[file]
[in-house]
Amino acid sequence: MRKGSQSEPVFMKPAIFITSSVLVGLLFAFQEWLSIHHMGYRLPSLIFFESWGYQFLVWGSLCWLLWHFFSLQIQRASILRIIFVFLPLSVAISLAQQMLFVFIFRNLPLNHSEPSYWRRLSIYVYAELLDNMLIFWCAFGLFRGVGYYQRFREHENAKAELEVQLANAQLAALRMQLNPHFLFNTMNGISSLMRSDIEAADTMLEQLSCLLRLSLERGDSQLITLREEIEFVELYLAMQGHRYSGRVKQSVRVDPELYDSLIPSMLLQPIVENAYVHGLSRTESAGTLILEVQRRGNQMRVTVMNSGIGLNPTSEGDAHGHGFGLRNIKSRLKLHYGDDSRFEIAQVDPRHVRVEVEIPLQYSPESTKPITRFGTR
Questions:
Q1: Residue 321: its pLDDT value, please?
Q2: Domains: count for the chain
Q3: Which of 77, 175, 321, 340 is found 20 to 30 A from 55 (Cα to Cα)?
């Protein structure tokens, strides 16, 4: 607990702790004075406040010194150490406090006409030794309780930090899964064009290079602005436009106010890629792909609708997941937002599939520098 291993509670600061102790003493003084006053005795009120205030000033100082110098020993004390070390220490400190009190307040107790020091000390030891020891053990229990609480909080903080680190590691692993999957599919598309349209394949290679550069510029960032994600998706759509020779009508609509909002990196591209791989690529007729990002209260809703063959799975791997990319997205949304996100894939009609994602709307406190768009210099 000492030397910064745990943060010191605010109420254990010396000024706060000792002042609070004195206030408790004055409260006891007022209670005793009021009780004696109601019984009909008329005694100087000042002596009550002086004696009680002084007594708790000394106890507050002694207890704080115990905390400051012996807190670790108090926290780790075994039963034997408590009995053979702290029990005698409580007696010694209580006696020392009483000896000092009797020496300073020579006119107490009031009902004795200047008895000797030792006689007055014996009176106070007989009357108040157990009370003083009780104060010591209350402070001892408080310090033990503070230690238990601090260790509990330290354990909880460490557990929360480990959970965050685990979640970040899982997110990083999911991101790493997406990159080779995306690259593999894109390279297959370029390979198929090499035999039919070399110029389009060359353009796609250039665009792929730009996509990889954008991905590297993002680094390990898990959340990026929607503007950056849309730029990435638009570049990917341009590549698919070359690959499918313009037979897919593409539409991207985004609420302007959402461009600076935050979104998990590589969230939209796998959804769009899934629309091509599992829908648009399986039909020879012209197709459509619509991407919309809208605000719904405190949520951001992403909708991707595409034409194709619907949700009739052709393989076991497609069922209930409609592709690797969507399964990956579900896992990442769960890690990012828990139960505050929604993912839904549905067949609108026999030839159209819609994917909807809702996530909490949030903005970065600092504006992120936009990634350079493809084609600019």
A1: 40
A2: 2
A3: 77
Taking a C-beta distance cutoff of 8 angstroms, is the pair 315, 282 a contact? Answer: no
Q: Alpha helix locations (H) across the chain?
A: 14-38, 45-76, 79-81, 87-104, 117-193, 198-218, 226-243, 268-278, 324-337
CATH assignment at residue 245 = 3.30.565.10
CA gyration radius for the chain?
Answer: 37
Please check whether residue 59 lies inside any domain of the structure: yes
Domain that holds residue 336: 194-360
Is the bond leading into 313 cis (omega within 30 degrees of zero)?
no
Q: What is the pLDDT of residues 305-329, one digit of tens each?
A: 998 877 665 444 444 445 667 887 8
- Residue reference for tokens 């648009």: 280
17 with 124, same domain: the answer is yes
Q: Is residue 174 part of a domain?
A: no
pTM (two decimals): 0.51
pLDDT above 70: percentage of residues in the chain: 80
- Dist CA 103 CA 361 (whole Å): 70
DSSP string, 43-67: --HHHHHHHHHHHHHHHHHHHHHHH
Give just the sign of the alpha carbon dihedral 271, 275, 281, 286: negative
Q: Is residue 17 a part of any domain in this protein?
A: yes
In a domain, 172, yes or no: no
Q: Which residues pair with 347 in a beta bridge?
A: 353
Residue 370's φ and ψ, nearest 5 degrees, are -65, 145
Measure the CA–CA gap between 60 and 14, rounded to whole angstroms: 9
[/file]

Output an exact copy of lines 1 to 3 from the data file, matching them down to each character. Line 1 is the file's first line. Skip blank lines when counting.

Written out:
[in-house]
Amino acid sequence: MRKGSQSEPVFMKPAIFITSSVLVGLLFAFQEWLSIHHMGYRLPSLIFFESWGYQFLVWGSLCWLLWHFFSLQIQRASILRIIFVFLPLSVAISLAQQMLFVFIFRNLPLNHSEPSYWRRLSIYVYAELLDNMLIFWCAFGLFRGVGYYQRFREHENAKAELEVQLANAQLAALRMQLNPHFLFNTMNGISSLMRSDIEAADTMLEQLSCLLRLSLERGDSQLITLREEIEFVELYLAMQGHRYSGRVKQSVRVDPELYDSLIPSMLLQPIVENAYVHGLSRTESAGTLILEVQRRGNQMRVTVMNSGIGLNPTSEGDAHGHGFGLRNIKSRLKLHYGDDSRFEIAQVDPRHVRVEVEIPLQYSPESTKPITRFGTR
Questions: